This seat was vacated by Democrat Kirsten Gillibrand in January after she was promoted to the U.S. Senate by New York Governor David Paterson, to replace former Democratic Senator Hillary Clinton.
The fact that Democrat Scott Murphy even has a slight lead in a district where Republican voters outnumber Democrats by 70,000 is a testament to the continued high popularity of President Obama. As of yesterday’s vote tally the Democratic candidate Scott Murphy, a businessman and venture capitalist, had 77,344 votes to 77,279 votes for Republican Tedisco.
Last week President Obama took time away from dealing with the national economic crisis to endorse Scott Murphy and sent an e-mail to 60,000 Obama supporters in the 20th district encouraging them to get out and vote for Murphy during this special election. Many of these supporters were on both sides of the political aisle and it appears that Obama’s endorsement may have been enough to push Scott Murphy over the top, despite a huge disadvantage in the number of registered Republican voters over that of the registered Democratic voters in the district.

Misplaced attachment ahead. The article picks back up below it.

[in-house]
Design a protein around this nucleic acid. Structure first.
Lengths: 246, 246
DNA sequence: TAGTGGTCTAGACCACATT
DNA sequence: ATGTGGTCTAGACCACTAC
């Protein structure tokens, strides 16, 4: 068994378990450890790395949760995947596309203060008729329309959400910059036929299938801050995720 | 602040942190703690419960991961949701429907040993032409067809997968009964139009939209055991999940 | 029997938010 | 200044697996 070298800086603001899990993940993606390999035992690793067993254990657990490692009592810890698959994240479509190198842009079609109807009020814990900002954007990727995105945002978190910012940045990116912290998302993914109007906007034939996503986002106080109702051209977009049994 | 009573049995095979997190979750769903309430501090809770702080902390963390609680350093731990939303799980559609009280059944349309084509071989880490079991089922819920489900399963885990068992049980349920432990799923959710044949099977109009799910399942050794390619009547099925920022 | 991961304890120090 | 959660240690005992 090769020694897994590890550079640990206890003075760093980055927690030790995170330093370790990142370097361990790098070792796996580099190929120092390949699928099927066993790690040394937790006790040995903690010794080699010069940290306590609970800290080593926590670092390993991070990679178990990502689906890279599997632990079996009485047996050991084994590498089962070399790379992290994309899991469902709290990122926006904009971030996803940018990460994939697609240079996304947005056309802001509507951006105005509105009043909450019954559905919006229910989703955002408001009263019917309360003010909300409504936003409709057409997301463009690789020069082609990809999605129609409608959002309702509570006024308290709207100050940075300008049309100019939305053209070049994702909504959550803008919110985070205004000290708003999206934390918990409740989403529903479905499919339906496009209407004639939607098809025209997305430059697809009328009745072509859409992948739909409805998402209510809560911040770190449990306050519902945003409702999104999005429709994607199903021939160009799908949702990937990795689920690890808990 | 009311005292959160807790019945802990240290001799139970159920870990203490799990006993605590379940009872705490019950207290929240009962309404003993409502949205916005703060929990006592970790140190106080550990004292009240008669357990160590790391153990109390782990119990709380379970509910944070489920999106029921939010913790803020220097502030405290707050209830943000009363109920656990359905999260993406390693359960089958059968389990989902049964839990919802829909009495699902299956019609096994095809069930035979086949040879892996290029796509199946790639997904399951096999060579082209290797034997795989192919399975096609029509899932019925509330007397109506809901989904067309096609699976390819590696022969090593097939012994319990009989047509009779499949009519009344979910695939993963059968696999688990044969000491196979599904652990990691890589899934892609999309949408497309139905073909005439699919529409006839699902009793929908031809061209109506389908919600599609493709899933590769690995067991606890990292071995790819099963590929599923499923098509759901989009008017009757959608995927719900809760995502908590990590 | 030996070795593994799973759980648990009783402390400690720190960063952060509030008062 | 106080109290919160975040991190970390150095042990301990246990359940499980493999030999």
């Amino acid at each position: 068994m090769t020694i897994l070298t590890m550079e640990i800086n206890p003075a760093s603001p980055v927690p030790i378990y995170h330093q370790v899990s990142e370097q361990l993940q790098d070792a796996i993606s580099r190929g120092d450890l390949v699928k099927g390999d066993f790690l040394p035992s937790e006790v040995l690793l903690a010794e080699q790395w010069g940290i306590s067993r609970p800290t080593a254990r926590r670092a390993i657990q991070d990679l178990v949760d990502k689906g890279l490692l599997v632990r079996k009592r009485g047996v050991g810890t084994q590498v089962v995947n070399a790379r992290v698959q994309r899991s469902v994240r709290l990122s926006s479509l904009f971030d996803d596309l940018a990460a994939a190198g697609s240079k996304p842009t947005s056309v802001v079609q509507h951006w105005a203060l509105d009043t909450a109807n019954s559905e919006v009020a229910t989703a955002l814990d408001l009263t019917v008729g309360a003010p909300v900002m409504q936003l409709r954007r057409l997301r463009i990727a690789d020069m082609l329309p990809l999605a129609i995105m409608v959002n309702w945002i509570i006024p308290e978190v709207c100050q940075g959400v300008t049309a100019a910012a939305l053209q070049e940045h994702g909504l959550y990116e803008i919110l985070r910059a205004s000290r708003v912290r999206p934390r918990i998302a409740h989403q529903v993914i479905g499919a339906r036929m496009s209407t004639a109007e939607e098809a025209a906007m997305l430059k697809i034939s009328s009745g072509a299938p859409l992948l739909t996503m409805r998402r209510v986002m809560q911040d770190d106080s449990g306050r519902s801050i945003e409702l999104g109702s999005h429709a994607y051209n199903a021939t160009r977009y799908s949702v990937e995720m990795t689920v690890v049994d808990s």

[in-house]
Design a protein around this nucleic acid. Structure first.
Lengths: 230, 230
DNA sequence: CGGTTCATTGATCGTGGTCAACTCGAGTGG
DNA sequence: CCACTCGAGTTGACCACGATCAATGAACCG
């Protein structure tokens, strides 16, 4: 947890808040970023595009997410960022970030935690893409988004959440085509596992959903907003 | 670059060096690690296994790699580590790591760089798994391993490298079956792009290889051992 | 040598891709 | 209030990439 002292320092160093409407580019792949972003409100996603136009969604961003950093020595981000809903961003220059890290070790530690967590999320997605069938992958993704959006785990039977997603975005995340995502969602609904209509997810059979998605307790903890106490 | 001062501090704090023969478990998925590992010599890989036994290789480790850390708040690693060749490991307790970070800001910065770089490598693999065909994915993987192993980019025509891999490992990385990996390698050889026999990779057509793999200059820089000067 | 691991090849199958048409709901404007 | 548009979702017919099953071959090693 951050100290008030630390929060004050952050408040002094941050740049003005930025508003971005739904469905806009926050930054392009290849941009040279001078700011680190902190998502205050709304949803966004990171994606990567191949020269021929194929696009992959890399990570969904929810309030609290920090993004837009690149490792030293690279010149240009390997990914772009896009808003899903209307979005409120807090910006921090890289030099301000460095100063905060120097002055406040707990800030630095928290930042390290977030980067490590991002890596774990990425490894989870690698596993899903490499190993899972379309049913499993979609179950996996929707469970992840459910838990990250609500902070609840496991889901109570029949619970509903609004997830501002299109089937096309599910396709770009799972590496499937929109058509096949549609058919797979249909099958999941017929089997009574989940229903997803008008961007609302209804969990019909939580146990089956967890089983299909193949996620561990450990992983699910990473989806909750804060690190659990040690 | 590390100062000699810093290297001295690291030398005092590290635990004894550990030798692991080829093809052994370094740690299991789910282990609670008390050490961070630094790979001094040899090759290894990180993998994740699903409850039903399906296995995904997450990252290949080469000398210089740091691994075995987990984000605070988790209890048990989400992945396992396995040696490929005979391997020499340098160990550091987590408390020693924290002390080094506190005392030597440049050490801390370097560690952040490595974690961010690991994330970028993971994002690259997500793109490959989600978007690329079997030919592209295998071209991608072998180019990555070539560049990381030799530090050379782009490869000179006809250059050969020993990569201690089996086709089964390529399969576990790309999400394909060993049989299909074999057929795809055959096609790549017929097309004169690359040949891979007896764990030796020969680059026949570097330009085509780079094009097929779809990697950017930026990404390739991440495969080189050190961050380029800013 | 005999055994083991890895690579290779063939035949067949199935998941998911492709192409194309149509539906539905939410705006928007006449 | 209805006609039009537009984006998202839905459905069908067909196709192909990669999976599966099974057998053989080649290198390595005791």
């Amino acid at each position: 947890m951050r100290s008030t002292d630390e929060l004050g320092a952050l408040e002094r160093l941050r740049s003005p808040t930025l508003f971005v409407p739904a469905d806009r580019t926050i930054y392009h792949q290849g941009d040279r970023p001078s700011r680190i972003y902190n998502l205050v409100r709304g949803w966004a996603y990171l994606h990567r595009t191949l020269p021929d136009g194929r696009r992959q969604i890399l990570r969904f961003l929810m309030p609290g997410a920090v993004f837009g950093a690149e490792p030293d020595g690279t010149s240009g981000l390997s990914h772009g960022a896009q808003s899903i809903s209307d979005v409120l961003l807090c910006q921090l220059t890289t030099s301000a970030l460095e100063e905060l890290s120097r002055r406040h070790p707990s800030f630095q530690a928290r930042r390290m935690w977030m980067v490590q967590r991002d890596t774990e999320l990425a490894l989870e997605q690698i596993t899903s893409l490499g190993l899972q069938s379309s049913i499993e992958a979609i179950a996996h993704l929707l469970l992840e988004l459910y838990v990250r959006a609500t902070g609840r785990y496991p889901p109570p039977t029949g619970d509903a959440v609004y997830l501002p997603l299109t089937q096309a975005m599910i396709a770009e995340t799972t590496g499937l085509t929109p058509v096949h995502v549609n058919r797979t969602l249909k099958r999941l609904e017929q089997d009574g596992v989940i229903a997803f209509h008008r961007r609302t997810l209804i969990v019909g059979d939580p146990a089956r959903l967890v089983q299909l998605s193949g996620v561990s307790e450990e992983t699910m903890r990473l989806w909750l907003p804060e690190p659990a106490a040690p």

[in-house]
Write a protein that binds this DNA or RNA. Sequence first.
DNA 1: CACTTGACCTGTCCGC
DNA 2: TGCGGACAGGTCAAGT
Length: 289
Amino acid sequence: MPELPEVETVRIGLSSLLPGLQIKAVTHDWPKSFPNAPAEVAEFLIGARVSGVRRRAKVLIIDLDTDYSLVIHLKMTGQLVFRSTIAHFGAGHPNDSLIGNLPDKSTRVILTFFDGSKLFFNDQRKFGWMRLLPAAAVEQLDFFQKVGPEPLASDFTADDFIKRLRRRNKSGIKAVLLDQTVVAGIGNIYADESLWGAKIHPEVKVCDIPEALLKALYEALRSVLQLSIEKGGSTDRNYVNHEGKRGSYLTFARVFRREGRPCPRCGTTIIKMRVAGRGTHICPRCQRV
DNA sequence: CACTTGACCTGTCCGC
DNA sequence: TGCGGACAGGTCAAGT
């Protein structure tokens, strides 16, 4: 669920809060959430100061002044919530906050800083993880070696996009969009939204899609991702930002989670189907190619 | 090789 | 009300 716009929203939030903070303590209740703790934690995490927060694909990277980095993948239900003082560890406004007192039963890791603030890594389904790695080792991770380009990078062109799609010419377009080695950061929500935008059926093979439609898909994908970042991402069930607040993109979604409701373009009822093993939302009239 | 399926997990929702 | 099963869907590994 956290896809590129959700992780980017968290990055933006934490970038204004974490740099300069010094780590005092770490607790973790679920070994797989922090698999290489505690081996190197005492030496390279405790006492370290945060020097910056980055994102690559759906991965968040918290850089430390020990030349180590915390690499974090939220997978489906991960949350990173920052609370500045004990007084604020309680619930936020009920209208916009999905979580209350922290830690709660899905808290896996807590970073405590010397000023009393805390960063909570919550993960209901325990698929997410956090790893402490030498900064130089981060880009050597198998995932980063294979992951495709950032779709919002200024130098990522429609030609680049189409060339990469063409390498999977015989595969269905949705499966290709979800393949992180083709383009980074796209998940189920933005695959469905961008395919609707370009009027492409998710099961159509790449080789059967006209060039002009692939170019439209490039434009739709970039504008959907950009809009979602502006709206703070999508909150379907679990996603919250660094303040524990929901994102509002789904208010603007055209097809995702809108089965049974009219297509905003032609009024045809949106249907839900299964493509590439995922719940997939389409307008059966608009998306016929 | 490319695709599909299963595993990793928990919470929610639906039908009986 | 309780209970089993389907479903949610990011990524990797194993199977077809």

For their part the National Republican Congressional Committee also worked hard to regain this seat. The NRCC along with outside groups and political action committees spent a total of 1.7 million on behalf of Jim Tedisco in an effort to win back a Republican seat in a heavily Republican district.
Because of the closeness of the race and because about 10,000 absentees votes are yet to be counted the final outcome will not be know for another couple of weeks when the absentee ballots are opened and counted on April 13th. Even before polls closed yesterday, a New York judge ordered the absentee ballots impounded in response to a lawsuit filed by the state Republican Party. It is expected that the Republican lawsuit will tie up the final outcome of the race in the courts for months.